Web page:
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Old 09-05-2015, 14:08   #1
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Inspecting stainless rudder post

Hi everyone,

Since its roughly her 50th birthday, I figured I'd thoroughly inspect the rudder post, particularly where it passes through the hull + stuffing box, etc and you can't generally see it.

Already after removing some superficial flashing around the top of the rudder assembly, I have revealed some pitting thats probably a mm or two deep, pock marks like that are all over one section. (see photo, attached). I'm wondering how to interpret this.

Maybe by describing the whole assembly I can get opinions on if it sounds like overkill with a good deal of safety envelope, or not...

The rudder post is solid, not hollow, and about 1 5/8" (40mm) diameter.

The boats a 11-12 ton yawl, 41', with probably 6-8 square feet of rudder hung along the aft edge of the cutaway/full keel.

An interesting thing with this assembly is that the post is separate from the rudder. The bottom end of the rudder post, which ends up just under the hull when installed, is splined. There is a mating splined hole in the hefty bronze casting that makes up the frame of the rudder (this casting, plus drift pins, plus wood makes up the rudder). The rudder is also supported by a pintle/gudgeon assembly doodad just below the propeller aperture as well as a pin that rests in a shoe extending along the foot of the keel.

For this reason its sort of easy to remove the whole rudder post from the rudder, so having a new rudder post made is an option.. but an expensive one..

Thanks for any opinions!

EDIT - (for anyone paying particularly close attention to that photo, its showing up upside down for some reason here)
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Old 09-05-2015, 23:30   #2
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Re: Inspecting stainless rudder post

Update, it looks like that one patch is the only spot with corrosion. The shaft inside the stuffing box was fine, oddly enough. Still contemplating replacement, but removing it outright (as opposed to just sliding it up enough to view the normally hidden bits) is a lot more involved. Turns out its a standard tapered, keyed fit and not a spline, so machining a new one ought to be straightforward at least.
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Old 13-05-2015, 00:19   #3
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Re: Inspecting stainless rudder post

Salt water causes some alloys of stainless to corrode in the absence of air. I don't think those pits are enough to worry about. If that part of the post doesn't pass thru some bearing or seal, you could weld the deeper pits. If it can be turned on a lathe, it could be welded oversize and turned down. Any good machine shop should be able to do it. Was it protected by a zinc?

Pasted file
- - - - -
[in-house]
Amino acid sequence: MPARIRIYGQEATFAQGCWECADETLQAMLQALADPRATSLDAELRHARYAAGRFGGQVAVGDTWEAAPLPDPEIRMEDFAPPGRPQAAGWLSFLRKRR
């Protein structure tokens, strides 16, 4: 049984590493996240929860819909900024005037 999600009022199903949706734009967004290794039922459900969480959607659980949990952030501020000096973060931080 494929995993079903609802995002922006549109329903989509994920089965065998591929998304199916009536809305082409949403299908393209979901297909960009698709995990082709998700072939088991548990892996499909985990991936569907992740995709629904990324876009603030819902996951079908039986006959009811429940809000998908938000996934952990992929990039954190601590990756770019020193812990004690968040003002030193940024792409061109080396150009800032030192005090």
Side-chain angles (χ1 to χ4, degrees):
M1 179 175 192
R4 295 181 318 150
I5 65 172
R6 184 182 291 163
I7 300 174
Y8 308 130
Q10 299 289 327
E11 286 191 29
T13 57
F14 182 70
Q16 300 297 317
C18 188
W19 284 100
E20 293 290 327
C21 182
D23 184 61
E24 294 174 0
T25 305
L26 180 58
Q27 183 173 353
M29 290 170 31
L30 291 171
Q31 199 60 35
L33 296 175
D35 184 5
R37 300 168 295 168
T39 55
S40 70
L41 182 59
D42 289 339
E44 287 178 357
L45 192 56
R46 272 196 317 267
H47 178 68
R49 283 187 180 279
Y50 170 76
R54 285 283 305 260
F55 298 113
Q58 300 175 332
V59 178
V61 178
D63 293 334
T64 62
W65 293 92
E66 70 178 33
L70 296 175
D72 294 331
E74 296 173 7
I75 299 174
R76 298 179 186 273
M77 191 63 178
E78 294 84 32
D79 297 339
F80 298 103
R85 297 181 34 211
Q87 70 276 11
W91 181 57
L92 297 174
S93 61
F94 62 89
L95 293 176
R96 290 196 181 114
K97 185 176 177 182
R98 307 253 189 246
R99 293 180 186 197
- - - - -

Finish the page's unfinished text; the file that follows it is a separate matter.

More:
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Old 13-05-2015, 14:35   #4
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Re: Inspecting stainless rudder post

I agree I would not be very concerned. If that is 50 years I would go a few more dozen. These days there are so many good anti-corrosion substances you can use that depending on the friction at that point, you have many choices. It doesn't look like it is getting any rubbing there. Lanacote, ACF 50 or something. If you have any sort of drip or remote access to that part of the shaft you can also just drip some anti-corrosion down there once in a while.

I want to pull my rudder on Aeolus some day and haven't yet. Just hoping it doesn't snap off in a steep 8' SE 40 knot Strait of Georgia sea this summer or next!
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Old 13-05-2015, 15:19   #5
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Re: Inspecting stainless rudder post

As you will be removing all the wood anyway, how about a patch sleeve welded over it.
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Old 14-05-2015, 13:35   #6
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Re: Inspecting stainless rudder post

Thanks for the responses everyone.

I wimped out though and just sent off a diagram to a machine shop.

In answer to Lepke's question, the only zinc protection it has is via the bonding inside the boat that attaches this (from a wire on the quadrant) along with all the seacocks to a giant zinc plate.

When I assemble the thing, and reattach some bronze flashing that wraps over the rudder post and helps fair up the whole rudder + post assembly, I'll be tempted to scuff the stainless before applying bedding compound to take up the space under the flashing. Not sure this is the right thing to do though, since I'll be scuffing off the passivation layer.
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